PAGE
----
Answer:

The number of tickets Madison collected are 15.

Explanation:

Given,

Total no of tickets are 135.

No of children = 9

135 ÷ 9 = 15

Hence the number of tickets Madison collected are 15.

Question 3.

594 ÷ 6

Answer:

The division to the given number is 99.

Explanation:

Question 4.

120 ÷ 8

Answer:

The division to the given number is 15.

Explanation:

**Remainder Review**

Question 1.

Julia spilled ketchup on her paper and can’t see a part of the problem anymore.

a. How many beads did Martha have? Fill in the blank: ____________ ÷ 7 = 3 r 2.

Answer:

23 ÷ 7 = 3 r 2.

b. What does the remainder of 2 mean in this problem?

Answer:

She had 2 beads left over.

Question 2.

Each of the division problems below includes a remainder. Solve each and show your work. Figure out the best way to treat the remainder for each one: as a whole number, a fraction, or a decimal.

a. Rachel earned $46 dollars for walking dogs Monday through Friday last week. If she earned the same amount every day, how much did she earn per day?

Answer:

She earned $9.20 per day.

Explanation:

She made a total of $46 from Monday through Friday.

That is a total of five days.

So 46 ÷ 5 = $9.20 per day.

b. Bryson bought 27 balloons to share with three friends. How many balloons does each of the 4 children get?

Answer:

There are 6 balloons with 3 balloons left over.

Explanation:

Given,

Bryson bought 27 balloons.

No of children = 4

27 ÷ 4 = 6 R3

Hence there are 6 balloons with 3 balloons left over.

c. Ropes come in 16 foot lengths at the hardware store. Jorge bought one rope and then cut it into three equal size pieces. How long was each of the three pieces?

Answer:

5 \(\frac{1}{3}\) feet.

Explanation:

Given,

Ropes come in 16 foot lengths at the hardware store.

One rope cut it into three equal size pieces.

16 ÷ 3

5 \(\frac{1}{3}\) feet.

Question 3.

Abby did a story problem and got 30 ÷ 4 = 7 R2 as the answer. Write a problem that could have been the one Abby solved.

Answer:

The problem we could write is

There are 81 toffees. 9 toffees are to be packed in each box. How many boxes do we need?

**Bridges in Mathematics Grade 4 Student Book Unit 6 Module 4 Session 3 Answer Key**

**Tessa’s Tickets**

Tessa is performing in a production of The Wizard of Oz. She began selling tickets two weeks before the show’s opening night. Show your work on each of the problems below.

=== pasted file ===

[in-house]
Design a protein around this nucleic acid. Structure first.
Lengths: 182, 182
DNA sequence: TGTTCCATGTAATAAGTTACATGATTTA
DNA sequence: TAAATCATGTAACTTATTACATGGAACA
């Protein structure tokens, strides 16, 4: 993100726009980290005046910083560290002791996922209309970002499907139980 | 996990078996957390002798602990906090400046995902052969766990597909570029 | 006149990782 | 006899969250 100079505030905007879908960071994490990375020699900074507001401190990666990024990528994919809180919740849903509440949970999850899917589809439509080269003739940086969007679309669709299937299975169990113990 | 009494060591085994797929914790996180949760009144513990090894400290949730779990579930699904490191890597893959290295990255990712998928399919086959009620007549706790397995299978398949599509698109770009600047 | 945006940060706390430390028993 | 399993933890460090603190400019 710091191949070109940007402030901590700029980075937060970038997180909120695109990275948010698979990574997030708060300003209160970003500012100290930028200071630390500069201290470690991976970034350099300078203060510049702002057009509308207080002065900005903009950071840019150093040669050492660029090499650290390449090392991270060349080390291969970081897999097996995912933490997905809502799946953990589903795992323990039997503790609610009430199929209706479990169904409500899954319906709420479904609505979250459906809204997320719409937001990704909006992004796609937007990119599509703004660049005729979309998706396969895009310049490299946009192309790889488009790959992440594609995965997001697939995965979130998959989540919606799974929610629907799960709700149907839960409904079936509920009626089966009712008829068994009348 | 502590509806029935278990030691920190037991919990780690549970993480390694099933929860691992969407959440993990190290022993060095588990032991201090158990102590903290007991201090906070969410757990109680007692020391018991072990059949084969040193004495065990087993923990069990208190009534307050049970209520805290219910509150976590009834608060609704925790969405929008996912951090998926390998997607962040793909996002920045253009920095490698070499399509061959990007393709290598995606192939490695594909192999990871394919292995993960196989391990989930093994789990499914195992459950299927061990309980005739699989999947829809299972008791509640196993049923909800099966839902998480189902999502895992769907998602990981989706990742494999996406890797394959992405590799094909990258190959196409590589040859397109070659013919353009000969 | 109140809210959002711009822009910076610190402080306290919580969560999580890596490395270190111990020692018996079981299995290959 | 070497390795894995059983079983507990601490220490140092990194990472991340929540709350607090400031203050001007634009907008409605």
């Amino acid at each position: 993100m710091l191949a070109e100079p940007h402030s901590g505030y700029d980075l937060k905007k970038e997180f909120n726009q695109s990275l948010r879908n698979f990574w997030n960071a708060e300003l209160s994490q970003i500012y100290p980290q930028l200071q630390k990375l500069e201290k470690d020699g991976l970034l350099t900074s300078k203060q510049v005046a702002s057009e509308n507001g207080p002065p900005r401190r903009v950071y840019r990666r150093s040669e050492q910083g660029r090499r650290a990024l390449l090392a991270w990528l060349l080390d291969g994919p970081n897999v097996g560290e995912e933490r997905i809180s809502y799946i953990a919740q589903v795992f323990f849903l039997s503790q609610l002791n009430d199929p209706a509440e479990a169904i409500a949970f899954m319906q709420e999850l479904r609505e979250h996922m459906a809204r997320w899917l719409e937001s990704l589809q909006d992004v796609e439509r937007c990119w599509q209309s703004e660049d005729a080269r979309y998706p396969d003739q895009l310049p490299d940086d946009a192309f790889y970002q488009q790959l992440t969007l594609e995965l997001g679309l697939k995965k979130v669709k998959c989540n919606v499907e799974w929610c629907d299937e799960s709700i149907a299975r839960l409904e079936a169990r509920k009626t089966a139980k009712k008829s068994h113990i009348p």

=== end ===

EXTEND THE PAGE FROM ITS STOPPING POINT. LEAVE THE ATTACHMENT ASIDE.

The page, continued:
Question 1.

Adult tickets cost $7.00.

a. How much do 28 adult tickets cost?

Answer:

$196

Explanation:

Given,

Cost of adult tickets is $7.

We need to find How much do 28 adult tickets cost?

28 × 7 = $196.

b. Tessa’s neighbor spent $105 on adult tickets. How many tickets did her neighbor buy?

Answer:

No of tickets neighbor bought is 15.

Explanation:

Given,

Adult tickets cost $7.00.

Tessa’s spent on adult tickets = $105

105 ÷ 7 = 15

Hence no of tickets neighbor bought is 15.

Question 2.

Children’s tickets cost $4.00.

a. How much do 136 children’s tickets cost?

Answer:

$544.

Explanation:

Given,

Cost of Children’s tickets = $4

We need to find cost of 136 children’s tickets.

136 × $4 = $544

b. Tessa’s aunt spent $96 on children’s tickets. How many tickets did her aunt buy?

Answer:

Her aunt bought 24 tickets.

Explanation:

Given,

Cost of Children’s tickets = $4

Tessa’s aunt spent $96 on children’s tickets.

We need to find how many tickets did her aunt buy?

$96 ÷ 4 = $24

Hence her aunt bought 24 tickets.

Question 3.

**CHALLENGE** Tessa’s teacher spent $44 on tickets. He bought some tickets for children and some for adults. How many children’s tickets and how many adult tickets did Tessa’s teacher buy?

Answer:

4 children’s tickets and 4 adult tickets.

Explanation:

Given,

Tessa’s teacher spent $44 on tickets.

We need to find how many children’s tickets and how many adult tickets did Tessa’s teacher buy.

Therefore he bought 4 children’s tickets and 4 adult tickets.